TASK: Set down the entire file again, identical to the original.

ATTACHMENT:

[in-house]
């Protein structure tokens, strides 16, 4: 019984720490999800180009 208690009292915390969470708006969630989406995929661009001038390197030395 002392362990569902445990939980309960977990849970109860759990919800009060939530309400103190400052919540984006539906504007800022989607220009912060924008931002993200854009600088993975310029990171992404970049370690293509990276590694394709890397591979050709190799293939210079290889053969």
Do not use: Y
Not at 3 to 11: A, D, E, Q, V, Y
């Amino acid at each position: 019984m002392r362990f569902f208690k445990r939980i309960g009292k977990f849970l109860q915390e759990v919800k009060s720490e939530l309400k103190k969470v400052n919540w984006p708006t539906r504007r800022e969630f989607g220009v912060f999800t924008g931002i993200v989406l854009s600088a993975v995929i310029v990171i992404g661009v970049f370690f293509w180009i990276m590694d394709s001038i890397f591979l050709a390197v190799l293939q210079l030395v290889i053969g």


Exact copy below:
[in-house]
């Protein structure tokens, strides 16, 4: 019984720490999800180009 208690009292915390969470708006969630989406995929661009001038390197030395 002392362990569902445990939980309960977990849970109860759990919800009060939530309400103190400052919540984006539906504007800022989607220009912060924008931002993200854009600088993975310029990171992404970049370690293509990276590694394709890397591979050709190799293939210079290889053969």
Do not use: Y
Not at 3 to 11: A, D, E, Q, V, Y
């Amino acid at each position: 019984m002392r362990f569902f208690k445990r939980i309960g009292k977990f849970l109860q915390e759990v919800k009060s720490e939530l309400k103190k969470v400052n919540w984006p708006t539906r504007r800022e969630f989607g220009v912060f999800t924008g931002i993200v989406l854009s600088a993975v995929i310029v990171i992404g661009v970049f370690f293509w180009i990276m590694d394709s001038i890397f591979l050709a390197v190799l293939q210079l030395v290889i053969g």